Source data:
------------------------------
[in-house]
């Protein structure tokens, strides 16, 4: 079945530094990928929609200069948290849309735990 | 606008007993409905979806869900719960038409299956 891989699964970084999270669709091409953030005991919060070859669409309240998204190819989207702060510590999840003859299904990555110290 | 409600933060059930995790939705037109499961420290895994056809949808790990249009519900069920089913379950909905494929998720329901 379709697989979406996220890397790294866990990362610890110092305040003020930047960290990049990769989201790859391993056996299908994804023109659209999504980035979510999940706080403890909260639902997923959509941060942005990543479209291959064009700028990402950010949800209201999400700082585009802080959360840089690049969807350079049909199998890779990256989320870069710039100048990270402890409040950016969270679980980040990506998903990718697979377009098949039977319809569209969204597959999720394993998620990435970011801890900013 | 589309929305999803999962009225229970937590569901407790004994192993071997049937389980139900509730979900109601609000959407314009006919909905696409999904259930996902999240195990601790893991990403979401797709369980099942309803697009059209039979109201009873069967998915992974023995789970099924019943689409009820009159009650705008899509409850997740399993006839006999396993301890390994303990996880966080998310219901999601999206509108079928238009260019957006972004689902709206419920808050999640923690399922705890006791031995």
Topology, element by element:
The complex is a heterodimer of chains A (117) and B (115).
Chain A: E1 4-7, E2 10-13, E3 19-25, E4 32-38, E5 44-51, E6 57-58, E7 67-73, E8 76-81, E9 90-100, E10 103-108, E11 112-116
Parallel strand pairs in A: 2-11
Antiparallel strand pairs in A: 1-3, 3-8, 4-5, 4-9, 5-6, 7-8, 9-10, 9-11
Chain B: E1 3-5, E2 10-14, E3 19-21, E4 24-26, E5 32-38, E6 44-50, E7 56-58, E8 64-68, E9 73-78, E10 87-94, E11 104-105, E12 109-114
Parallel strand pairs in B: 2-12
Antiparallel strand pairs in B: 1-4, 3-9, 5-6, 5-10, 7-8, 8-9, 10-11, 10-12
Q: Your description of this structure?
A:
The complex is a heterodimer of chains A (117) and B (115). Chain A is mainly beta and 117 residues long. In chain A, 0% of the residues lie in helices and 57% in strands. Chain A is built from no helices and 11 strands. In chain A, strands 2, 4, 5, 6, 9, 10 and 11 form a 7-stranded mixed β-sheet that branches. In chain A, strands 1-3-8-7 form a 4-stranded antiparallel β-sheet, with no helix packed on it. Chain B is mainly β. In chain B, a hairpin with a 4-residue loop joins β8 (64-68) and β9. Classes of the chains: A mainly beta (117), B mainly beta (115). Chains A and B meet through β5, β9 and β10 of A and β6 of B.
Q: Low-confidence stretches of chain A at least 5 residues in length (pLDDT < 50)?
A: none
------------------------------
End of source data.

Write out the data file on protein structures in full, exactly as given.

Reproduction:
[in-house]
């Protein structure tokens, strides 16, 4: 079945530094990928929609200069948290849309735990 | 606008007993409905979806869900719960038409299956 891989699964970084999270669709091409953030005991919060070859669409309240998204190819989207702060510590999840003859299904990555110290 | 409600933060059930995790939705037109499961420290895994056809949808790990249009519900069920089913379950909905494929998720329901 379709697989979406996220890397790294866990990362610890110092305040003020930047960290990049990769989201790859391993056996299908994804023109659209999504980035979510999940706080403890909260639902997923959509941060942005990543479209291959064009700028990402950010949800209201999400700082585009802080959360840089690049969807350079049909199998890779990256989320870069710039100048990270402890409040950016969270679980980040990506998903990718697979377009098949039977319809569209969204597959999720394993998620990435970011801890900013 | 589309929305999803999962009225229970937590569901407790004994192993071997049937389980139900509730979900109601609000959407314009006919909905696409999904259930996902999240195990601790893991990403979401797709369980099942309803697009059209039979109201009873069967998915992974023995789970099924019943689409009820009159009650705008899509409850997740399993006839006999396993301890390994303990996880966080998310219901999601999206509108079928238009260019957006972004689902709206419920808050999640923690399922705890006791031995």
Topology, element by element:
The complex is a heterodimer of chains A (117) and B (115).
Chain A: E1 4-7, E2 10-13, E3 19-25, E4 32-38, E5 44-51, E6 57-58, E7 67-73, E8 76-81, E9 90-100, E10 103-108, E11 112-116
Parallel strand pairs in A: 2-11
Antiparallel strand pairs in A: 1-3, 3-8, 4-5, 4-9, 5-6, 7-8, 9-10, 9-11
Chain B: E1 3-5, E2 10-14, E3 19-21, E4 24-26, E5 32-38, E6 44-50, E7 56-58, E8 64-68, E9 73-78, E10 87-94, E11 104-105, E12 109-114
Parallel strand pairs in B: 2-12
Antiparallel strand pairs in B: 1-4, 3-9, 5-6, 5-10, 7-8, 8-9, 10-11, 10-12
Q: Your description of this structure?
A:
The complex is a heterodimer of chains A (117) and B (115). Chain A is mainly beta and 117 residues long. In chain A, 0% of the residues lie in helices and 57% in strands. Chain A is built from no helices and 11 strands. In chain A, strands 2, 4, 5, 6, 9, 10 and 11 form a 7-stranded mixed β-sheet that branches. In chain A, strands 1-3-8-7 form a 4-stranded antiparallel β-sheet, with no helix packed on it. Chain B is mainly β. In chain B, a hairpin with a 4-residue loop joins β8 (64-68) and β9. Classes of the chains: A mainly beta (117), B mainly beta (115). Chains A and B meet through β5, β9 and β10 of A and β6 of B.
Q: Low-confidence stretches of chain A at least 5 residues in length (pLDDT < 50)?
A: none